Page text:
Originally designed for runners, GPS watches made a breakthrough in other sports also such as cycling or hiking. They are designed for those who are willing to push their limits with accurate and detailed performance data.
The choice of a GPS watch is based on 3 criteria:
– Speed and pace measurement
– Heart rate monitoring
– Product connectivity.
1. SPEED AND TRAVELLED DISTANCE MEASUREMENT
The basic feature of GPS watches is to provide an instant view of your speed and distance travelled, so that you can manage your efforts better.
If you practice sports on an occasional basis, choose an easy, intuitive GPS watch that only measures basic parameters such as:
– Instant speed
– Average speed
– Distance travelled
2. HEART RATE MONITORING
More advanced athletes will need a more comprehensive tracking of their fitness level.
In this case, we recommend to opt for a GPS watch that is compatible with a heart rate monitor, including the following features:
– HEART RATE – To keep an eye on your heart rate during workout
– INTERVAL TRAINING – To make progress by alternating fast, slow and recovery phases
– TARGET ZONE SETTING – To set goals and reach them by managing your efforts
For optimal performance tracking and customised coaching, choose a watch that is Bluetooth compatible and connect it to a dedicated app (e.g.: Decathlon Coach) to benefit from:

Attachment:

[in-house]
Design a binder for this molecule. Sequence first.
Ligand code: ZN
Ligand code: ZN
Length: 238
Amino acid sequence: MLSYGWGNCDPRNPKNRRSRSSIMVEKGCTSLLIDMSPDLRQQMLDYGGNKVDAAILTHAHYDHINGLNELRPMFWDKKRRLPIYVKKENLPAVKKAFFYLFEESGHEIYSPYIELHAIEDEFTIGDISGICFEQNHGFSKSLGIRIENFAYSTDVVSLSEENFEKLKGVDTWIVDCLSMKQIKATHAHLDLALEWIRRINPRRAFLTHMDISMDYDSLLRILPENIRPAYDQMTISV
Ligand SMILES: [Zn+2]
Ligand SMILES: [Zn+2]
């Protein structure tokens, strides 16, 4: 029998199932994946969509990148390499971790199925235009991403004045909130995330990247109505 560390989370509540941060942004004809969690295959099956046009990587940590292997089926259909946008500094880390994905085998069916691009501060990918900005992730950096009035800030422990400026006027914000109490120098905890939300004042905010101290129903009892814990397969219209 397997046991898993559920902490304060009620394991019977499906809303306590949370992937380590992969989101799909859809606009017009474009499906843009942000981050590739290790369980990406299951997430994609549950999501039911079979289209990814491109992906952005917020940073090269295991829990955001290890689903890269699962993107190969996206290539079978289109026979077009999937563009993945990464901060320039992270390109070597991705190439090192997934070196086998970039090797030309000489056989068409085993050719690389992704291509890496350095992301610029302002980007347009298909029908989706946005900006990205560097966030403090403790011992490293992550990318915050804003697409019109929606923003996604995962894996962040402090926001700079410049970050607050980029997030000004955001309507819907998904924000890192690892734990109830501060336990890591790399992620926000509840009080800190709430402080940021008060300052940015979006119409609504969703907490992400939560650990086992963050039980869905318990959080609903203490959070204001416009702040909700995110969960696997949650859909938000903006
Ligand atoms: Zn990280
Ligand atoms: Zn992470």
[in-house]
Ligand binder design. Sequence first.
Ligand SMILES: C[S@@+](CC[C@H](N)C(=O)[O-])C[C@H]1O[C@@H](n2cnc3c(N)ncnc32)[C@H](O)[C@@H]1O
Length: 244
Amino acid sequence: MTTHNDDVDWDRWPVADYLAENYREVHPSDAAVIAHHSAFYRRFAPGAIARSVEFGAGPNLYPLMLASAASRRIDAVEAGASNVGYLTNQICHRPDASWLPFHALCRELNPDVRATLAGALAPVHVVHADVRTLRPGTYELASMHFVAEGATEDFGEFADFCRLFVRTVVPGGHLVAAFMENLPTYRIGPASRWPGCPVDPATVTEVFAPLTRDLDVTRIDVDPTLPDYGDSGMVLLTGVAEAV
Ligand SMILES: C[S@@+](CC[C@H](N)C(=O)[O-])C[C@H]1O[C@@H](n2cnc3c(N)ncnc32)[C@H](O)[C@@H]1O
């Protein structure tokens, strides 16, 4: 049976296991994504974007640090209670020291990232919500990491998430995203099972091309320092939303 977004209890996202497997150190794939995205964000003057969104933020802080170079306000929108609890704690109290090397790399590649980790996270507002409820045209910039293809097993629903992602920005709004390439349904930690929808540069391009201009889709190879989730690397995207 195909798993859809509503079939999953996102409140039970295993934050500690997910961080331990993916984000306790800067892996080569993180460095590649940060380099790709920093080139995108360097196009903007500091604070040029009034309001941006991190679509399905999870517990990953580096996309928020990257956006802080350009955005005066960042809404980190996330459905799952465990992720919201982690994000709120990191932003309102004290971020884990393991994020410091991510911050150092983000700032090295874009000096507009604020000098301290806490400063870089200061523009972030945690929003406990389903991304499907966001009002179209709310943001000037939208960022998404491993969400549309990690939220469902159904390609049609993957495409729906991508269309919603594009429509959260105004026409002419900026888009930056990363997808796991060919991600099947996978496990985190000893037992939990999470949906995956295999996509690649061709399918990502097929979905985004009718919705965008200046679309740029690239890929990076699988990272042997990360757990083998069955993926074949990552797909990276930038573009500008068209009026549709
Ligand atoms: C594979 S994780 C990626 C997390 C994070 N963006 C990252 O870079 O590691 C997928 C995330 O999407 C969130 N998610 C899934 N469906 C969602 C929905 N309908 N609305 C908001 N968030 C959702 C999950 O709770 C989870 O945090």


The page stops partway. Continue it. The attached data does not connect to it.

– Analysis and coaching functions
– Maps to view your routes
– Speed, distance and heart rate graphs
– Session log & comparison with other users
OPTICAL HRMs: HOW DO THEY WORK?
Heart rate is one of the most reliable indicators to assess your physical fitness and the optical technology is the latest in heart rate monitoring tools.
HEART RATE IN THE SKIN!
Optical HRMs are based on one or several LEDs that emit light and on a sensor that receives the light signal: the key principle of optical HRMs is to shine a light through the skin.
You should know that our skin comprises three separate layers: hypodermis, dermis and epidermis.
The dermis is vascularised and contains many capillaries filled with blood. When the heart pumps blood, it slightly changes the amount of blood in the dermis.
The principle is, therefore, to send green light through these capillaries and, depending on the level of light that is reflected, the sensor will be able to assess the blood flow, and consequently the heart rate.
Indeed, the light was specifically selected to be absorbed by blood. The blood sent into the capillaries will modify this green light that will then be reflected by the skin and detected by the HRM watch.
This type of measurement is called photoplethysmography (PPG).
The signal is then processed by algorithms that separate the noise from the heart rate measurement. Depending on your type of activity, the results will be more or less accurate.